Exercise during pregnancy has a great influence on a baby’s birth weight as well as in later years of life. Less body fat is a good thing for baby’s health during childhood as well as the long-term improved health implications well into adulthood.
Findings from a study published online July 7 in Obstetrics & Gynecology indicate that babies born to mothers who exercise moderately during pregnancy tend to have less body fat. The study also suggests that lower body weight and a lower body mass index may reduce the infants’ obesity risk later on in life.
Dr. Dana Dabelea, the senior researcher on the study and an associate professor at the University of Colorado School of Public Health explains that, “A newborn’s tiny body is mainly composed of the internal organs, bones and lean tissue — with most of the “baby fat” coming later, so if exercise in late pregnancy does trim a bit of newborn fat, that could be a positive effect.”
The research found that when mothers exercised regularly, especially during late pregnancy in the third trimester, babies were born with a lower level of body fat compared to newborns of less-active mothers. According to Dr. Joseph Fernandez, an obstetrician/gynecologist, “Exercise can reduce the amount of blood sugar that gets to the fetus, which cuts the risk of having a larger-than-normal baby.”
“These latest findings add to evidence that exercise benefits mothers-to-be and newborn babies,” confirms Dr. Fernandez.
Doctors recommend that women who were sedentary before being pregnant should start exercising during pregnancy as part of prenatal care. Thrive prenatal vitamins for women urge pregnant moms to heed expert advice to get at least 30 minutes of moderate exercise every day. In fact, guidelines from the American College of Obstetrics and Gynecology (ACOG) propose that all pregnant women be physically active for at least 30 minutes on most days of the week as long as pregnancy is normal and healthy.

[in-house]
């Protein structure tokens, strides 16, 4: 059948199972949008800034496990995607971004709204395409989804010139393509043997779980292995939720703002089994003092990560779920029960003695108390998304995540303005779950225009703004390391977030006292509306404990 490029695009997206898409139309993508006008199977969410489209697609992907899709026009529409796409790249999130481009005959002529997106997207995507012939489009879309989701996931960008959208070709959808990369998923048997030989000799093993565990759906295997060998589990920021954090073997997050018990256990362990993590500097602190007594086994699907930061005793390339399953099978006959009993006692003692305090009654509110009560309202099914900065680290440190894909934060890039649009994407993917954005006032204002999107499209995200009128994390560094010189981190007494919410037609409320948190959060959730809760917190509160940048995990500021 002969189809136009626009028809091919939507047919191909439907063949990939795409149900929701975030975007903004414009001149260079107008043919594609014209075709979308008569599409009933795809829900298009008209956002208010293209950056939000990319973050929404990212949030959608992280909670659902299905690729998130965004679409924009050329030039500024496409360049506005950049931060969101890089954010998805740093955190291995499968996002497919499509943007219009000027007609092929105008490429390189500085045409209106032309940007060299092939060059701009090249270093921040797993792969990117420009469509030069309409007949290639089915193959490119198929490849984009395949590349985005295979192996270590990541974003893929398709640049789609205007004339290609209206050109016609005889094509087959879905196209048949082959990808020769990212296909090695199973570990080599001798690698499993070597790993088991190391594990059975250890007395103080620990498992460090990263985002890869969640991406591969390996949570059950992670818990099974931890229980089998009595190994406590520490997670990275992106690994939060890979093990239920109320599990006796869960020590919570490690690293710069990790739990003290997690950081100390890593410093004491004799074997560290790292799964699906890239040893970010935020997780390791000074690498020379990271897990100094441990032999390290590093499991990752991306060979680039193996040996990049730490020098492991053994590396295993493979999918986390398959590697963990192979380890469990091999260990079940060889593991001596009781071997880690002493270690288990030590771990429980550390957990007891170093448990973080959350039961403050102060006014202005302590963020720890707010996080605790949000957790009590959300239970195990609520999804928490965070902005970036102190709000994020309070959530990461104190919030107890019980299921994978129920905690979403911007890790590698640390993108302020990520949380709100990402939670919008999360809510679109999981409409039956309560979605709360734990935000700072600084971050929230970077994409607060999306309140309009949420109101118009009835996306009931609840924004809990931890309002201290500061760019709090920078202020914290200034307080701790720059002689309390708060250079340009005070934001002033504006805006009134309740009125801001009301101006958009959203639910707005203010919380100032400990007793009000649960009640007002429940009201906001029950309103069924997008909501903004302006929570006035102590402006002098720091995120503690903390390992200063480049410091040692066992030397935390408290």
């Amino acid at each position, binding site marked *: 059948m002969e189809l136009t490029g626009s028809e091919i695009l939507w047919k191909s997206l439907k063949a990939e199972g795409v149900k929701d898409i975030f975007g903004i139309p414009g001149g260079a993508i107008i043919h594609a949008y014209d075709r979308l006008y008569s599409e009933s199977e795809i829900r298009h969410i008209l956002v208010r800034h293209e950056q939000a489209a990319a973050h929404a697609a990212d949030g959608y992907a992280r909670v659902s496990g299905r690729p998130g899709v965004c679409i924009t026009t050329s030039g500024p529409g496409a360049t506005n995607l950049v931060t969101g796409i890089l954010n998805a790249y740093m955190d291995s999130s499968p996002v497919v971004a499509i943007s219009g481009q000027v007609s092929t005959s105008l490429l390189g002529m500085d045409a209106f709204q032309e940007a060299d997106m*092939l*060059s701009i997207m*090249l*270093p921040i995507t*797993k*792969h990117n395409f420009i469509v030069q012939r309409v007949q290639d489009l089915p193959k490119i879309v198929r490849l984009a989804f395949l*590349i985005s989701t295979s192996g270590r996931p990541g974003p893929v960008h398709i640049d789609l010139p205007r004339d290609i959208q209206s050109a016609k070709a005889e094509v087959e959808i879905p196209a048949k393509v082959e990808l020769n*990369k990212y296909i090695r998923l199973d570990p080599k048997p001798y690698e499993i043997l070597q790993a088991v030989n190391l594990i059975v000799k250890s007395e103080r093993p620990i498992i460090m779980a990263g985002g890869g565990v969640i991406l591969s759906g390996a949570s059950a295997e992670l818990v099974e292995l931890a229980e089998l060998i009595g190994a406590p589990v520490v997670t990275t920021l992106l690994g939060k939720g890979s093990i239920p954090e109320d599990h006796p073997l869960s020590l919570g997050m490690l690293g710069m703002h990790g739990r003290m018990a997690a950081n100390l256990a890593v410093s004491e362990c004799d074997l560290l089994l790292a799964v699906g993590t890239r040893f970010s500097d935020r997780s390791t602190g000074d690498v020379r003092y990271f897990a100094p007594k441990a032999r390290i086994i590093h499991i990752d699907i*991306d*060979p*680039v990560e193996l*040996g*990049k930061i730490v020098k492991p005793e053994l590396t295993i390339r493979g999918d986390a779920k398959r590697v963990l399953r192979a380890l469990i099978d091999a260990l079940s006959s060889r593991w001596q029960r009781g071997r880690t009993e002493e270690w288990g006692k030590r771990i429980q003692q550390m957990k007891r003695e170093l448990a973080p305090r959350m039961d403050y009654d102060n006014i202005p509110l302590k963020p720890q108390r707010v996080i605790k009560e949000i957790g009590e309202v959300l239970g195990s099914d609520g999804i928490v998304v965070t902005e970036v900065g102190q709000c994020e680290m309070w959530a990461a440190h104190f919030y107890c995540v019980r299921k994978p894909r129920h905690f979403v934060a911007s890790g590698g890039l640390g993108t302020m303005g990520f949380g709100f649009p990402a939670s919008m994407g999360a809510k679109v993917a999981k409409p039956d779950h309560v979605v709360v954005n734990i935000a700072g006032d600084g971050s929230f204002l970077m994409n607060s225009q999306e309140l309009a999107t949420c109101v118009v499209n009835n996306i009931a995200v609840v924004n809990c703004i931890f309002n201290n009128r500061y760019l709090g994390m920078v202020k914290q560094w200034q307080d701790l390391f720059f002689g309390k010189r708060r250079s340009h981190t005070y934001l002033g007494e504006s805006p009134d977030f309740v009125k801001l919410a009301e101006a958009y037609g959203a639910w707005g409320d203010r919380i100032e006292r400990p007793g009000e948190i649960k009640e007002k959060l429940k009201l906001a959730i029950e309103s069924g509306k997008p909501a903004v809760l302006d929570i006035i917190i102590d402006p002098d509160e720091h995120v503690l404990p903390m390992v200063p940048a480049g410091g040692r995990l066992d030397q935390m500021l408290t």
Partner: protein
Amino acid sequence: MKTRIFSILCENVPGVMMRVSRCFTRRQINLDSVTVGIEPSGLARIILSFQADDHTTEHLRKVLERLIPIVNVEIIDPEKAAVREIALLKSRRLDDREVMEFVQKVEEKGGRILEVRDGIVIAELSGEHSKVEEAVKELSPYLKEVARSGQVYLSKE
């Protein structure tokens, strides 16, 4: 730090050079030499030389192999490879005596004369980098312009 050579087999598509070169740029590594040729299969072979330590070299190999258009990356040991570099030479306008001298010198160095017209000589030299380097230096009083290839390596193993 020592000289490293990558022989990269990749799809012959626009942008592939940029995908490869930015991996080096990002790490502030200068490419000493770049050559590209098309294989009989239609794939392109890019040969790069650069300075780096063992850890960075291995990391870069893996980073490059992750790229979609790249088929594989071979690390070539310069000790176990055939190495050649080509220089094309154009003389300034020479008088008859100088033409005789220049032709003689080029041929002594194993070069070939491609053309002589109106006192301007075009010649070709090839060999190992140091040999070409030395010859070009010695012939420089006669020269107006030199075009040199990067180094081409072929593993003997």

The ACOG further counselled that women ask the advice of a doctor or healthcare practitioner on what types of exercise are appropriate. Moderate exercises for pregnant women in general include activities such as walking, yoga, swimming and cycling. Some women can do low-impact aerobics, running and even weight lifting, “As long as it doesn’t harm fetal growth and development,” Dr. Dabelea emphasized.
In conjunction with exercise, taking prenatal vitamins for women can also help to support a healthy pregnancy. Prenatal vitamins contain important nutrients such as folic acid and iron to help meet the needs of the pregnant woman during pregnancy and ensure the normal growth of the developing embryo.
Thrive is a daily supplement specifically formulated for pregnant women which contains the recommended vitamins and minerals required to sustain a healthy mom and baby, including folic acid and iron. Thrive is soy-free, lactose-free, gluten-free and sugar-free. Thrive prenatal vitamins for women are now available at Amazon.com and come with a 100% money back guarantee if not totally satisfied.